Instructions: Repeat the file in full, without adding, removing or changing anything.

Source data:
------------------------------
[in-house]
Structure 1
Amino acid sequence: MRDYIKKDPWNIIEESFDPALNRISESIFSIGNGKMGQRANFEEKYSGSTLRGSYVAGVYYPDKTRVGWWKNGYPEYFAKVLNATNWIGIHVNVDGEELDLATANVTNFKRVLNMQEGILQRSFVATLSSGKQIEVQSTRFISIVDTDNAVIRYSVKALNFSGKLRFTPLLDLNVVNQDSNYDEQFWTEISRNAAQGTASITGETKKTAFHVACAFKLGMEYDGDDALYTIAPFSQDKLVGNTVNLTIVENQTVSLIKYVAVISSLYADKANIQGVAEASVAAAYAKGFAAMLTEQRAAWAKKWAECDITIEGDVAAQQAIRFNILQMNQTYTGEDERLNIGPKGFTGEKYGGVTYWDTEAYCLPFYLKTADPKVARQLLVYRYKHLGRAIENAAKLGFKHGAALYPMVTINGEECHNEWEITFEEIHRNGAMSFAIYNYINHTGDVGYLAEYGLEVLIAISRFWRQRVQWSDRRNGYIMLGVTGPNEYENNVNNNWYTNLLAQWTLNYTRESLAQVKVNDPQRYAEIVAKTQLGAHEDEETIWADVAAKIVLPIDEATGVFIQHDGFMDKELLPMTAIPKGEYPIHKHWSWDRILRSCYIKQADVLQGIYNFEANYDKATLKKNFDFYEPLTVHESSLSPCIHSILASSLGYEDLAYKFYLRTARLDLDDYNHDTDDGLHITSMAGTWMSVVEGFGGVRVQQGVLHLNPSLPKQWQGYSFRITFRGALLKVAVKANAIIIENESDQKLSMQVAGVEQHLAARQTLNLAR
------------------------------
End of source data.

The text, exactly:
[in-house]
Structure 1
Amino acid sequence: MRDYIKKDPWNIIEESFDPALNRISESIFSIGNGKMGQRANFEEKYSGSTLRGSYVAGVYYPDKTRVGWWKNGYPEYFAKVLNATNWIGIHVNVDGEELDLATANVTNFKRVLNMQEGILQRSFVATLSSGKQIEVQSTRFISIVDTDNAVIRYSVKALNFSGKLRFTPLLDLNVVNQDSNYDEQFWTEISRNAAQGTASITGETKKTAFHVACAFKLGMEYDGDDALYTIAPFSQDKLVGNTVNLTIVENQTVSLIKYVAVISSLYADKANIQGVAEASVAAAYAKGFAAMLTEQRAAWAKKWAECDITIEGDVAAQQAIRFNILQMNQTYTGEDERLNIGPKGFTGEKYGGVTYWDTEAYCLPFYLKTADPKVARQLLVYRYKHLGRAIENAAKLGFKHGAALYPMVTINGEECHNEWEITFEEIHRNGAMSFAIYNYINHTGDVGYLAEYGLEVLIAISRFWRQRVQWSDRRNGYIMLGVTGPNEYENNVNNNWYTNLLAQWTLNYTRESLAQVKVNDPQRYAEIVAKTQLGAHEDEETIWADVAAKIVLPIDEATGVFIQHDGFMDKELLPMTAIPKGEYPIHKHWSWDRILRSCYIKQADVLQGIYNFEANYDKATLKKNFDFYEPLTVHESSLSPCIHSILASSLGYEDLAYKFYLRTARLDLDDYNHDTDDGLHITSMAGTWMSVVEGFGGVRVQQGVLHLNPSLPKQWQGYSFRITFRGALLKVAVKANAIIIENESDQKLSMQVAGVEQHLAARQTLNLAR